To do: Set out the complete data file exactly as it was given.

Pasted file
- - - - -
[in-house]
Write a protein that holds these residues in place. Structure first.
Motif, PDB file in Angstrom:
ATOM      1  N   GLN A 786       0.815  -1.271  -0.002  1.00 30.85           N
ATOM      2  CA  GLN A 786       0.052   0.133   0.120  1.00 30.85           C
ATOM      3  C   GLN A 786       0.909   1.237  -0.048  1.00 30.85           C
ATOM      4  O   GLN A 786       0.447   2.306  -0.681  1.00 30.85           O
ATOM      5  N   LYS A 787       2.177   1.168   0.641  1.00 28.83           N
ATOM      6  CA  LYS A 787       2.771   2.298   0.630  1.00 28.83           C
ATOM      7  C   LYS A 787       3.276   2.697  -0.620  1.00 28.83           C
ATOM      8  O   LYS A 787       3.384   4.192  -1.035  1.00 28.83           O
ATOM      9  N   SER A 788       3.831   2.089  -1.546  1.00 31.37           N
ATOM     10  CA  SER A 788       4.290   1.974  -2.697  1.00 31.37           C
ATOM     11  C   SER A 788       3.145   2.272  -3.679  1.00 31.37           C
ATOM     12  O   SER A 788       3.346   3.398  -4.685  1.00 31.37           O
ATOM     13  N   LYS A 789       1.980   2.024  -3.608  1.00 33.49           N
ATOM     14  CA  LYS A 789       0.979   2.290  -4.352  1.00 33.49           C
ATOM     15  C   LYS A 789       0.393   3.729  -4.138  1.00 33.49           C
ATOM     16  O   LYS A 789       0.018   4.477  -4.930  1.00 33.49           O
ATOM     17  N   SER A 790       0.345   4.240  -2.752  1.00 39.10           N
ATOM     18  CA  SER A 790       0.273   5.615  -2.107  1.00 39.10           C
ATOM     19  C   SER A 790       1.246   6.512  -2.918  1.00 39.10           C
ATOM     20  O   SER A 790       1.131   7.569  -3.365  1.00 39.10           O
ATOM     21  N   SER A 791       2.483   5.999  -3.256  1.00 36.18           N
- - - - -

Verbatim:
[in-house]
Write a protein that holds these residues in place. Structure first.
Motif, PDB file in Angstrom:
ATOM      1  N   GLN A 786       0.815  -1.271  -0.002  1.00 30.85           N
ATOM      2  CA  GLN A 786       0.052   0.133   0.120  1.00 30.85           C
ATOM      3  C   GLN A 786       0.909   1.237  -0.048  1.00 30.85           C
ATOM      4  O   GLN A 786       0.447   2.306  -0.681  1.00 30.85           O
ATOM      5  N   LYS A 787       2.177   1.168   0.641  1.00 28.83           N
ATOM      6  CA  LYS A 787       2.771   2.298   0.630  1.00 28.83           C
ATOM      7  C   LYS A 787       3.276   2.697  -0.620  1.00 28.83           C
ATOM      8  O   LYS A 787       3.384   4.192  -1.035  1.00 28.83           O
ATOM      9  N   SER A 788       3.831   2.089  -1.546  1.00 31.37           N
ATOM     10  CA  SER A 788       4.290   1.974  -2.697  1.00 31.37           C
ATOM     11  C   SER A 788       3.145   2.272  -3.679  1.00 31.37           C
ATOM     12  O   SER A 788       3.346   3.398  -4.685  1.00 31.37           O
ATOM     13  N   LYS A 789       1.980   2.024  -3.608  1.00 33.49           N
ATOM     14  CA  LYS A 789       0.979   2.290  -4.352  1.00 33.49           C
ATOM     15  C   LYS A 789       0.393   3.729  -4.138  1.00 33.49           C
ATOM     16  O   LYS A 789       0.018   4.477  -4.930  1.00 33.49           O
ATOM     17  N   SER A 790       0.345   4.240  -2.752  1.00 39.10           N
ATOM     18  CA  SER A 790       0.273   5.615  -2.107  1.00 39.10           C
ATOM     19  C   SER A 790       1.246   6.512  -2.918  1.00 39.10           C
ATOM     20  O   SER A 790       1.131   7.569  -3.365  1.00 39.10           O
ATOM     21  N   SER A 791       2.483   5.999  -3.256  1.00 36.18           N